Jared, New York City, 2016
I grimace at the grimy bricks as we lay down for a midday catnap on a Washington Square Park walking path. I didn’t expect my brother, a clean-cut, khaki-clad Yale student, to suggest this as our “comfortable place to rest.” Who can rest in a place like this? There is hardly an unoccupied spot in the park this sunny summer Saturday, and it’s buzzing with social energy. As I close my eyes, my mind wanders into a meditative state, awash in the conversations of others.
I’m still thinking about the world-class jazz trio we saw playing for donations. For me, they perfectly symbolize the impossible pressure, competition, and artistic standards I associate with New York City. But what do I really know about this place, anyway? This is my first time actually being here as an adult.
I don’t fall asleep, exactly, though it is surprisingly restful to lay down on the sticky bricks and close my eyes for a spell. Who would have thought. I look over at my younger brother: eyes closed, not a line of tension on his face. Thinking back, I realize my idea of the city that never sleeps is based mostly on having known a few hardworking artists who moved there and moved back, exhausted by being small fish in a big pond. That, and watching Seinfeld after school as an adolescent. Maybe I’ve just been projecting my own image of this place, seeing what I’ve trained myself to see. We’ve walked at least a few concrete miles today, guided by cards to bustling streets, hidden alleys, and public parkways. Atlas has illuminated some of the personally- and commercially-conditioned projections I have carried into this place, and shown me the city up close in a way no guidebook could.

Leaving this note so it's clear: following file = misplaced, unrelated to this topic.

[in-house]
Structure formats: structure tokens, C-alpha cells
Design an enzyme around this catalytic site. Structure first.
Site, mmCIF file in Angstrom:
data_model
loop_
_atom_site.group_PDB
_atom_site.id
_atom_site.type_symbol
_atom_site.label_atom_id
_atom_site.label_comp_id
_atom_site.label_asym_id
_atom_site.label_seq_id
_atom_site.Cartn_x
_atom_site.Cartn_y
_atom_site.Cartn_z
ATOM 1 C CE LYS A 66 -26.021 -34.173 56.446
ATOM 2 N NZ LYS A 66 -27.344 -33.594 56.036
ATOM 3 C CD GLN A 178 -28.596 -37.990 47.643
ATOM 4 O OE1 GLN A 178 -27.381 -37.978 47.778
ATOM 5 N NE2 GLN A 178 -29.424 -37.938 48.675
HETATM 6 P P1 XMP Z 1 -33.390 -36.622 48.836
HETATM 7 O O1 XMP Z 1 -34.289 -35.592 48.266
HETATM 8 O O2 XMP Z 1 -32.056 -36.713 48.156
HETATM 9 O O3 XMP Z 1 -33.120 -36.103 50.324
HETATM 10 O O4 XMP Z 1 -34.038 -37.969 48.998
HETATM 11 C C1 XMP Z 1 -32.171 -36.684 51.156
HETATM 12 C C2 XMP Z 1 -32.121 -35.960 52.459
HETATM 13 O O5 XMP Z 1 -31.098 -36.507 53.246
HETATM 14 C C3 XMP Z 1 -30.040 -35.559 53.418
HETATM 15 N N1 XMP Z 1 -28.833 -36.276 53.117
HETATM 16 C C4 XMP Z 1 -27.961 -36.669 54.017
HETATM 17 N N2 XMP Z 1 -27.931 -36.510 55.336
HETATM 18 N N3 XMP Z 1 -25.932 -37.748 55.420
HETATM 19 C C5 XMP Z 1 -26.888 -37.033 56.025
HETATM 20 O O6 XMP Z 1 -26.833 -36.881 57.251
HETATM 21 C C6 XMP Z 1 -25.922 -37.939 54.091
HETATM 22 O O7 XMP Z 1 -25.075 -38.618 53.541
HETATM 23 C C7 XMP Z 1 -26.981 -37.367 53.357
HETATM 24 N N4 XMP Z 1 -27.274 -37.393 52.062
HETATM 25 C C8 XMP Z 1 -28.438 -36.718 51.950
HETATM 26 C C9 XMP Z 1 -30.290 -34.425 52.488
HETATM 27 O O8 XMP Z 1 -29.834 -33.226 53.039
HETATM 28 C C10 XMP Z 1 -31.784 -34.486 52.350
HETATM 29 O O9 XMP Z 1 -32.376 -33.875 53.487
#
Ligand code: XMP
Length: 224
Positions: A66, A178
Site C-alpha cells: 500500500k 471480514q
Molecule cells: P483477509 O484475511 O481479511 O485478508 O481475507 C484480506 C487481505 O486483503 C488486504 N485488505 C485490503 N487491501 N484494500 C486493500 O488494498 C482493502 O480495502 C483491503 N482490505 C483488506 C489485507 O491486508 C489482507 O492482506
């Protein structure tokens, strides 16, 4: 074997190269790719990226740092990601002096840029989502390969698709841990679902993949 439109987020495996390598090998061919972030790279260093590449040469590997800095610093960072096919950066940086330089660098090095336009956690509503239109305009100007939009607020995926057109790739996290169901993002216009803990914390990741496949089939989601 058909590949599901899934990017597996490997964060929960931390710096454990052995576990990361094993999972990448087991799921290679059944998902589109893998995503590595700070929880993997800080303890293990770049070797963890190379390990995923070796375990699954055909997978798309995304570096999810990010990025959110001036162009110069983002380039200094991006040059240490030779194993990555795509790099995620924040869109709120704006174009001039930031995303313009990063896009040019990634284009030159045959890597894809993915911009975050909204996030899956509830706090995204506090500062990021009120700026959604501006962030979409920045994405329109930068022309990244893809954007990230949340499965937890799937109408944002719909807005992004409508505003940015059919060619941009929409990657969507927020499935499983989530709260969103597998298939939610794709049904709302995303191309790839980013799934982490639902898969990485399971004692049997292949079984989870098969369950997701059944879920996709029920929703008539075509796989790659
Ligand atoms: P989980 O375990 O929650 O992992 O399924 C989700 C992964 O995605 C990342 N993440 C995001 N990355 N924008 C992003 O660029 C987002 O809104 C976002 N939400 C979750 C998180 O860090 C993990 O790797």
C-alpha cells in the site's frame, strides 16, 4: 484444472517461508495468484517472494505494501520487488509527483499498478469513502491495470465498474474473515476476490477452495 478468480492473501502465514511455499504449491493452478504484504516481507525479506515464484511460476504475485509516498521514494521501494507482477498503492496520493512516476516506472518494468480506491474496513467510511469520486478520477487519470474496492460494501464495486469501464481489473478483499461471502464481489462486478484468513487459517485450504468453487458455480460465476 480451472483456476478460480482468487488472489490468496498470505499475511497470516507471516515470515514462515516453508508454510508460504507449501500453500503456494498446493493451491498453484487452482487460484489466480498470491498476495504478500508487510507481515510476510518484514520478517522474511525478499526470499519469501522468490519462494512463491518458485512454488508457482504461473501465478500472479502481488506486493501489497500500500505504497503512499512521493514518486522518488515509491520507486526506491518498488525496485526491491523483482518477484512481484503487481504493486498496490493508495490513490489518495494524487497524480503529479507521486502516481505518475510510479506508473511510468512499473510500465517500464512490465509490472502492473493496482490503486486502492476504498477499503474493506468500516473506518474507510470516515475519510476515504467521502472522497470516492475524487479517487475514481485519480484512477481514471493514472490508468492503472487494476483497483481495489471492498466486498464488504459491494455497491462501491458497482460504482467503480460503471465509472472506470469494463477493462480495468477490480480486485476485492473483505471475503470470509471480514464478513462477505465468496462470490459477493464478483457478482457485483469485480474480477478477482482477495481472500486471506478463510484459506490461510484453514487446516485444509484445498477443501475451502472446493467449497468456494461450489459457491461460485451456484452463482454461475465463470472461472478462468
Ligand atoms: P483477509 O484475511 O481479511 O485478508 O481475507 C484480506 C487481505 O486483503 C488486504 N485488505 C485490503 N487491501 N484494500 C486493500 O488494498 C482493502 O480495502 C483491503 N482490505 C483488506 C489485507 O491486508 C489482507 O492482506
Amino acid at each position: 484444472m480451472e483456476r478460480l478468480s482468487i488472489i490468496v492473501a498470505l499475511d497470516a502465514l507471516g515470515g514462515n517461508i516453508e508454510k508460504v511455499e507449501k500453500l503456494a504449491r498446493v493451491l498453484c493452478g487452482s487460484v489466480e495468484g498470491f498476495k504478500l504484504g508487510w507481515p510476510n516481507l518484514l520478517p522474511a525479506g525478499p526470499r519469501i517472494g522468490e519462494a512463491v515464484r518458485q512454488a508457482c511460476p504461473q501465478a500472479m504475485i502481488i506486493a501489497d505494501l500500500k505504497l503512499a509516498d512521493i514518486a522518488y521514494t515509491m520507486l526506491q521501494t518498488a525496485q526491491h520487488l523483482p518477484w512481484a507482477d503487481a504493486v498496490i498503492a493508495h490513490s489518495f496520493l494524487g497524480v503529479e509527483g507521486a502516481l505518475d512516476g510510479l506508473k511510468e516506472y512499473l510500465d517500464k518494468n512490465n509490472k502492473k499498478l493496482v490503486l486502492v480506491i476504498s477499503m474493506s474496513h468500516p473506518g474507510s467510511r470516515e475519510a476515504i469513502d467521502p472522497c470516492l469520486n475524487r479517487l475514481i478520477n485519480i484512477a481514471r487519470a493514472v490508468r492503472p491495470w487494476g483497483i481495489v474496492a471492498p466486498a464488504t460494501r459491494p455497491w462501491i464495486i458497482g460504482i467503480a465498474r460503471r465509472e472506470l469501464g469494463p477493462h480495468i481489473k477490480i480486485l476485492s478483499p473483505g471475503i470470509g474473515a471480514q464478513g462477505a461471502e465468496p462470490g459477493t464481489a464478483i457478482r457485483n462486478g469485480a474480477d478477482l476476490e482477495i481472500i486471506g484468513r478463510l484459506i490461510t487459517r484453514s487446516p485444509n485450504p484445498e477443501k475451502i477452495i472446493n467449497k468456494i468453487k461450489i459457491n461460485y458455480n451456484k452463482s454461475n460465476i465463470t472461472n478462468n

We’ve reclaimed the art of traveling for ourselves by pulling cards and carrying out their whimsical, unexpected instructions. Our deeply embodied experiences of place have led us to notice how the built environment is affecting our bodies, psyches, and imaginations. Our conversations reflecting on these experiences have inspired deeper creative and emotional connections with each other as we wonder together about why we travel and what we are unconsciously bringing along with us.
Stepha, Madison, Wisconsin, 2017
I draw a curved arc on the map and, in accordance with the card pulled, we walk the path of the arc. It takes us through a school yard, a front yard, and a raspberry patch into the median strip of an expressway. A wrought iron fence runs lengthwise along the center of the median strip.
We climb the fence once, and then again. Though technically legal, this is both unconventional and inconvenient—as evidenced by the plant matter that collects on our clothes and skin as we leap to the ground. This plant stuff, and the histamine reaction that it produces on my skin, demonstrate the way in which urban planning more broadly, and landscaping more specifically, works through our bodies to shape where and how we move through urban spaces. It categorizes some activities as not legally, but structurally discouraged through gradients of convenience and comfort. We are both aware that we are highly visible to the people who are driving by on either side of the median divider.